On a gloriously sunny weekend, I chose Sunday to have a wander in the Ancrum area and visit one of my favourite corners of the Borders.
Nestling down by the Ale Water is the old cemetery which is teeming with history, not to mention wildlife. The trees were alive with birds, and many, such as chaffinches, robins and great tits, were in full song.
The surrounding woodlands were criss-crossed by well-used badger paths and the cemetery itself is much visited by other animals, judging by the many tracks still visible in the lying snow patches. I always smile when I come across a plaque in some far-flung place, announcing that either Mary, Queen of Scots or Robert Burns had been there, and I marvel at the amount of country they covered using only horse power.
Another in the same well-travelled category is Beatrix Potter and sure enough Ancrum was on her itinerary, according to a plaque on the cemetery fence. She came to stay with her brother, Walter, who lived in the village.
To her astonishment she found that, unbeknown to their parents, Walter had married a Hawick mill girl called Mary, seven years previously.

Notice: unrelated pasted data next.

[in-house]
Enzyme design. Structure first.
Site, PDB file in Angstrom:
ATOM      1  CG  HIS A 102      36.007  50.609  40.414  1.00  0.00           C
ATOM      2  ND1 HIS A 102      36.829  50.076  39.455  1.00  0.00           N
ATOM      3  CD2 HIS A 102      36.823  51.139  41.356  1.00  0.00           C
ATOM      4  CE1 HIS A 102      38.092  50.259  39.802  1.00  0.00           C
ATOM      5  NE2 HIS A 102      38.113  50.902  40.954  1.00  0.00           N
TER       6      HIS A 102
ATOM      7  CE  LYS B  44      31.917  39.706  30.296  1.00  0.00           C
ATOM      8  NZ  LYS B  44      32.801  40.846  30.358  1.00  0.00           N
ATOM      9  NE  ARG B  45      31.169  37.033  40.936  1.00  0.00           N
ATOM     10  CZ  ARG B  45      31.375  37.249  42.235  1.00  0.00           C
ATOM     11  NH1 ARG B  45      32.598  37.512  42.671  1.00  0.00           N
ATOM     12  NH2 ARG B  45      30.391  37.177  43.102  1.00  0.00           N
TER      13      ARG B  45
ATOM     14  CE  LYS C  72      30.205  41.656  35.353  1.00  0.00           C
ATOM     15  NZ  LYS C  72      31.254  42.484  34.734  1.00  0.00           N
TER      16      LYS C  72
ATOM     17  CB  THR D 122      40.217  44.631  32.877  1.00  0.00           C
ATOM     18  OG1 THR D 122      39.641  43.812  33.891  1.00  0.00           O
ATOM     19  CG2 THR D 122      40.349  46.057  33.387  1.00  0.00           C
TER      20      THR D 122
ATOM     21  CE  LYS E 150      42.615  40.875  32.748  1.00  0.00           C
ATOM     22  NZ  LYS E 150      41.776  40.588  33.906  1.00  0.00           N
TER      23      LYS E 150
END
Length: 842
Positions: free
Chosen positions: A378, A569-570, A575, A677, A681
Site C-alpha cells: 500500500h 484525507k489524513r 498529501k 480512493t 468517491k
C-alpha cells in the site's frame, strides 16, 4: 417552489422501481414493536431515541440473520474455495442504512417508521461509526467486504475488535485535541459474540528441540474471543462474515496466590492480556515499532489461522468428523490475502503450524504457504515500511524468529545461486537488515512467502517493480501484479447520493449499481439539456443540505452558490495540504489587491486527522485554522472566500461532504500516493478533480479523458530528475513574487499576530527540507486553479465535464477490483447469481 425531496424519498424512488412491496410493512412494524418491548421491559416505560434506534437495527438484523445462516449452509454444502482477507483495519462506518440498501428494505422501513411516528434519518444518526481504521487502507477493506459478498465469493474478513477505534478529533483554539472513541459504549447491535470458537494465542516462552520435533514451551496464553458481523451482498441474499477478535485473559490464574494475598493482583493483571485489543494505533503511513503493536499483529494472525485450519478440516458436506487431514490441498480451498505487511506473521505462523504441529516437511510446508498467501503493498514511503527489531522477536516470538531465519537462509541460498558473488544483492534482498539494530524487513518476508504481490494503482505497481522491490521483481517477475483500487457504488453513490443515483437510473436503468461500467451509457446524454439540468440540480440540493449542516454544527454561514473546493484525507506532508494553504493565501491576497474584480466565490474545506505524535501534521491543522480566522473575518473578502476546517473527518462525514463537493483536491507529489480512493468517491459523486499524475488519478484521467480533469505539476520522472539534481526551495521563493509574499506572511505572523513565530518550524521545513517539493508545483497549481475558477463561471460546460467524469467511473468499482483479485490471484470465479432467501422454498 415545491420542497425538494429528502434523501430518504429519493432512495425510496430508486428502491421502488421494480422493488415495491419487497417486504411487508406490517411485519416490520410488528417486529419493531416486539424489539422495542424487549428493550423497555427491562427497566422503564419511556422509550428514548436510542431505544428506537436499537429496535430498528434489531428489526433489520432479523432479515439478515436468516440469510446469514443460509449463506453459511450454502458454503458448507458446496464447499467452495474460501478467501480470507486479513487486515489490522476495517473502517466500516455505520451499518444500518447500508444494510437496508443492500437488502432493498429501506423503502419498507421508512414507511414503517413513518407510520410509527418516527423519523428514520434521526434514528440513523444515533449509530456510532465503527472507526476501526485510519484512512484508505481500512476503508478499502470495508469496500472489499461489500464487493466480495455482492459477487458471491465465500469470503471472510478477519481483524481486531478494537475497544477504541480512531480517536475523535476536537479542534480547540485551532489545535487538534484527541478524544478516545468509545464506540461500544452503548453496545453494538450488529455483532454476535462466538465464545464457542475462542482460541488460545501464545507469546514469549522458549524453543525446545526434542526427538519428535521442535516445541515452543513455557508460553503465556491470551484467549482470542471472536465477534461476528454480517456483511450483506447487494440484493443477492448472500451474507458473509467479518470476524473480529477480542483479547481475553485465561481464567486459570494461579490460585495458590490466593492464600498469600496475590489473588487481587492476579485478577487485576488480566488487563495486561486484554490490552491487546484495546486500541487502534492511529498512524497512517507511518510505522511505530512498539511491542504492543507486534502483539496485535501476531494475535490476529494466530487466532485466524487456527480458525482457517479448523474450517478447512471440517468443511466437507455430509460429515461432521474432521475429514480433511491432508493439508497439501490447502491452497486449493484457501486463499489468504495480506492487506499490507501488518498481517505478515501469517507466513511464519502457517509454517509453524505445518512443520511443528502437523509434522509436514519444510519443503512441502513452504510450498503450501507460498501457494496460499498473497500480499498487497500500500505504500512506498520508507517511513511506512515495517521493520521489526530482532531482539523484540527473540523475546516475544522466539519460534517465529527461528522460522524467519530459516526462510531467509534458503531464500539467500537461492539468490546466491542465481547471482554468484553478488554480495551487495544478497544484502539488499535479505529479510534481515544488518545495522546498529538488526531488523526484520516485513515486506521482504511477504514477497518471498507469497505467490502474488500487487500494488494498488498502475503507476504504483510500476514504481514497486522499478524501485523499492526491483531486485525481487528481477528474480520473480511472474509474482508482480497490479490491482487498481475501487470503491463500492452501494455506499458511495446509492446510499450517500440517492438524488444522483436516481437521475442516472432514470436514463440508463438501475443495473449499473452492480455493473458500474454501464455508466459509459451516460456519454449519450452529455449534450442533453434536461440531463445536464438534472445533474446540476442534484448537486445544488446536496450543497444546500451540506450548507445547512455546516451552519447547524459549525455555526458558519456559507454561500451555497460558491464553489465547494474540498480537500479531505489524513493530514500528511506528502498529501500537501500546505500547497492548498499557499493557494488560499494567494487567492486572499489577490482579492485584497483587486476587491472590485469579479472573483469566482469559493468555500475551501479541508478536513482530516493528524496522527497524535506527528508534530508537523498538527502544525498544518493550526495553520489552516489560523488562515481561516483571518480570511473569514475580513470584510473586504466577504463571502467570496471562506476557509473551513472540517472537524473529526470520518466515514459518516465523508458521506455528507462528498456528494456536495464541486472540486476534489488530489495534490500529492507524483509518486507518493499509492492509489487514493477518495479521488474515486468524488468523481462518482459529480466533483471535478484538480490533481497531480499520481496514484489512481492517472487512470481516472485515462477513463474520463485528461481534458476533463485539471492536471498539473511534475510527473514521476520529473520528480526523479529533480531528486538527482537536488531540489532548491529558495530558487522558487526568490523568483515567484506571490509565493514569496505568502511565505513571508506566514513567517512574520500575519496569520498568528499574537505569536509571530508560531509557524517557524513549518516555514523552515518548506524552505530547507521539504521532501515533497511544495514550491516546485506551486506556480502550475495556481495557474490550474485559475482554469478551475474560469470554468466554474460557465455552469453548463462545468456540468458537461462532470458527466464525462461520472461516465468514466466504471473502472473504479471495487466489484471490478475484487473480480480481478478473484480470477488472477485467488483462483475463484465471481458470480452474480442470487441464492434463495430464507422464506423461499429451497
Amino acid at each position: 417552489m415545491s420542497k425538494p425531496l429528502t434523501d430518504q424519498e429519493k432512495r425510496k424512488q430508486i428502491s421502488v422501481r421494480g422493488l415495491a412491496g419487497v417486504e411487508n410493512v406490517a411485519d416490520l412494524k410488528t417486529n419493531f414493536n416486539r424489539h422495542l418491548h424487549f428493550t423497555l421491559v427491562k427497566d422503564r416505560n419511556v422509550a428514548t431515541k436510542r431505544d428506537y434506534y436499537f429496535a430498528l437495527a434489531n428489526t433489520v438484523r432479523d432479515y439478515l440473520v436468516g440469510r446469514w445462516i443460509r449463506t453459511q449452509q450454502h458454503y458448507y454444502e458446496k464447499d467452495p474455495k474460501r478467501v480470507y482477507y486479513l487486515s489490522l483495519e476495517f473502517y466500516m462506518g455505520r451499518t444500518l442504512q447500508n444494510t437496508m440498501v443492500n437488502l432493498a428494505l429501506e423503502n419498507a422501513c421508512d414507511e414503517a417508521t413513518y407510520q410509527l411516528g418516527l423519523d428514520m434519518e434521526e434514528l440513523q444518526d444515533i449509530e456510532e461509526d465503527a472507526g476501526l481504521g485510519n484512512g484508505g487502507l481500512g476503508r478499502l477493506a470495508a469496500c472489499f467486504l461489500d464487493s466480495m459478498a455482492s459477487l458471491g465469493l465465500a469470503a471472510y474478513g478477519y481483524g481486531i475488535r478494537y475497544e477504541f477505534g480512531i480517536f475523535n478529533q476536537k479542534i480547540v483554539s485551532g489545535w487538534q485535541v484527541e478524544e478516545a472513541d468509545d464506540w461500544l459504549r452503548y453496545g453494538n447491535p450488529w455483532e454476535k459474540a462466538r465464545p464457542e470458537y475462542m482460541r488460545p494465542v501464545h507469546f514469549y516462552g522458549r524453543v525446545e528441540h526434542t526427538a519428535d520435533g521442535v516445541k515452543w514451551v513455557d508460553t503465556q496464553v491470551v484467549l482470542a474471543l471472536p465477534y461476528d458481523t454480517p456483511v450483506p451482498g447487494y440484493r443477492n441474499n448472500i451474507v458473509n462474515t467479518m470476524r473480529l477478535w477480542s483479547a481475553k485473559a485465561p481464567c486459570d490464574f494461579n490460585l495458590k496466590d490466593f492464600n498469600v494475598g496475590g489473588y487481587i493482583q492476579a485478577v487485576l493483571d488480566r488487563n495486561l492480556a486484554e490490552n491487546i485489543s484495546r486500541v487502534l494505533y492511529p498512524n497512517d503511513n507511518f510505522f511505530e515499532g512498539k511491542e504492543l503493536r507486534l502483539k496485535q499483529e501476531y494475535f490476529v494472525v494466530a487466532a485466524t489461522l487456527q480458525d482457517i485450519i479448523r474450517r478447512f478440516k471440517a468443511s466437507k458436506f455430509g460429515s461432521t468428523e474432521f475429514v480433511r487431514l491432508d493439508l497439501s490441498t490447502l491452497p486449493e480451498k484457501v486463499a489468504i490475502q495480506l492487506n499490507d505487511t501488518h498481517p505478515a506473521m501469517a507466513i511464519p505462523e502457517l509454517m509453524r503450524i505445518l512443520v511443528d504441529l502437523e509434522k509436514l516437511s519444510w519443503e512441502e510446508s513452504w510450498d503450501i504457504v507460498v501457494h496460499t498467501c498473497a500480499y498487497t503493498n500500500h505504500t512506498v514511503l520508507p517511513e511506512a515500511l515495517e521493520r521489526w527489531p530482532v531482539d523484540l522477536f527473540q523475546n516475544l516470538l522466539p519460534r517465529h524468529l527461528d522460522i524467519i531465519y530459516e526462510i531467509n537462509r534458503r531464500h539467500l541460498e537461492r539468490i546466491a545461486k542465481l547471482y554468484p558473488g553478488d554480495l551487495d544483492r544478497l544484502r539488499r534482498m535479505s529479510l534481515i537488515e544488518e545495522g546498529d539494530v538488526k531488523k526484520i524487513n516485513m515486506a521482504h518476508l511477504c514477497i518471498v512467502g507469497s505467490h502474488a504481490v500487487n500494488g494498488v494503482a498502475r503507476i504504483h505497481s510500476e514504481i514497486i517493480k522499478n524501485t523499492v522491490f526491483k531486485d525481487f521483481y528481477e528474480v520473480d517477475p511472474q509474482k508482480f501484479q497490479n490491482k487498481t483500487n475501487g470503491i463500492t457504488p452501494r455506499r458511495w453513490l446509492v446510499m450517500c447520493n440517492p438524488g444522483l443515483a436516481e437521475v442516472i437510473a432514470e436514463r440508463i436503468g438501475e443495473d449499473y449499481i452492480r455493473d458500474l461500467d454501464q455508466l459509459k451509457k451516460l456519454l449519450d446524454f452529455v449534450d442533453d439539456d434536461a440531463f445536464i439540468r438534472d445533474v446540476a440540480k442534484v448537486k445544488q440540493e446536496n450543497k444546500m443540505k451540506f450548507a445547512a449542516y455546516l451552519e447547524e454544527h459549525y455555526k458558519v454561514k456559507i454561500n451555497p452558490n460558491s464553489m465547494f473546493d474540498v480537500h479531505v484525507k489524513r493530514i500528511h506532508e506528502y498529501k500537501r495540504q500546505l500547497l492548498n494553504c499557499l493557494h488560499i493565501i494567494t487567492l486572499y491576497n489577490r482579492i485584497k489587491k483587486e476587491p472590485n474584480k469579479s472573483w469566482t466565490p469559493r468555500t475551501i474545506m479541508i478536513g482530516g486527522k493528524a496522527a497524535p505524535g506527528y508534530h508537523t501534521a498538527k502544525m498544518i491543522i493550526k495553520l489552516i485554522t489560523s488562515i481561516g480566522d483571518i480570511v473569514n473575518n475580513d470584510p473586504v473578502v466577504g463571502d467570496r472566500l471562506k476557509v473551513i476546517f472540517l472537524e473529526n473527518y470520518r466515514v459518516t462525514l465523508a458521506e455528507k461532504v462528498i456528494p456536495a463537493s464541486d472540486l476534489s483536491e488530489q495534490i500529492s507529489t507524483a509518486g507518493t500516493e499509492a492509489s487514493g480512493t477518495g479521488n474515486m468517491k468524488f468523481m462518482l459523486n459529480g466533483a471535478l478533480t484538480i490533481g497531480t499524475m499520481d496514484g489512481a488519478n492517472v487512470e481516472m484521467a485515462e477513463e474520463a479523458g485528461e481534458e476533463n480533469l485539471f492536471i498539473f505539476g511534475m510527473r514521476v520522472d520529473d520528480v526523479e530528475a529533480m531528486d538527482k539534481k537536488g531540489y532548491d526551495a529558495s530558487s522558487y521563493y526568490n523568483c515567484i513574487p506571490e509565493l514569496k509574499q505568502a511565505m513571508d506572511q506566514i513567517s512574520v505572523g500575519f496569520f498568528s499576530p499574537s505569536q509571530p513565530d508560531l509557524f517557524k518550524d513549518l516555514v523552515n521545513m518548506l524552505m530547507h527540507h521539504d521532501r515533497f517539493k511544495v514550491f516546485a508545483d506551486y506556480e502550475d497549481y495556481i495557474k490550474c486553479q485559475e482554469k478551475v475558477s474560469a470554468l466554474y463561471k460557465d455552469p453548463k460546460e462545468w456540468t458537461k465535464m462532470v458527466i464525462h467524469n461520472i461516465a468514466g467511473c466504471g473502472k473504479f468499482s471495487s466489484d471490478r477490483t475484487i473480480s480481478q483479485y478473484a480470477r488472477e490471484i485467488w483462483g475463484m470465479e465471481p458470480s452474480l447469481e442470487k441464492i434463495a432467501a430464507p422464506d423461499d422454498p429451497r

Both Walter and Mary are buried in the churchyard. It was while she was in Ancrum that Beatrix wrote about Peter Rabbit and no doubt many of his descendents’ tracks were in the snow on Sunday.
At the edge of the graveyard are the remains of the Old Parish Church, which is basically a roofless shell, filled with the graves of the great and good of the area, such as the Ogilvies and Scotts.
Virtually no trace remains of the original church, recorded in 1116 AD. The present building, which was built in the 18th century, was repaired in 1832, but abandoned in about 1890, when the new church, within the village, was built.
I noticed on one gable wall, a stone showing the date 1762 and a hole just above it containing an old jackdaw’s nest.
Just over the cemetery wall is the ancient 12th century pack-horse Lintmill Bridge, which was later widened to take carts.
It was such a lovely day that I ventured over the icy structure and walked a bit along the track along the foot of the Castle Hill.
Here I was struck by the amount of robin’s pincushion there was on the wayside dog roses. Nearly every bush had these strange fibrous looking growths, about a couple of inches in diameter.
They are galls caused by a tiny wasp which is seldom seen in the adult stage. The gall is not the product of a single larva but a group of larvae, each residing in their own chamber inside.
The wasps – Diplolepis rosae – overwinter in the gall, emerging as adults in spring.
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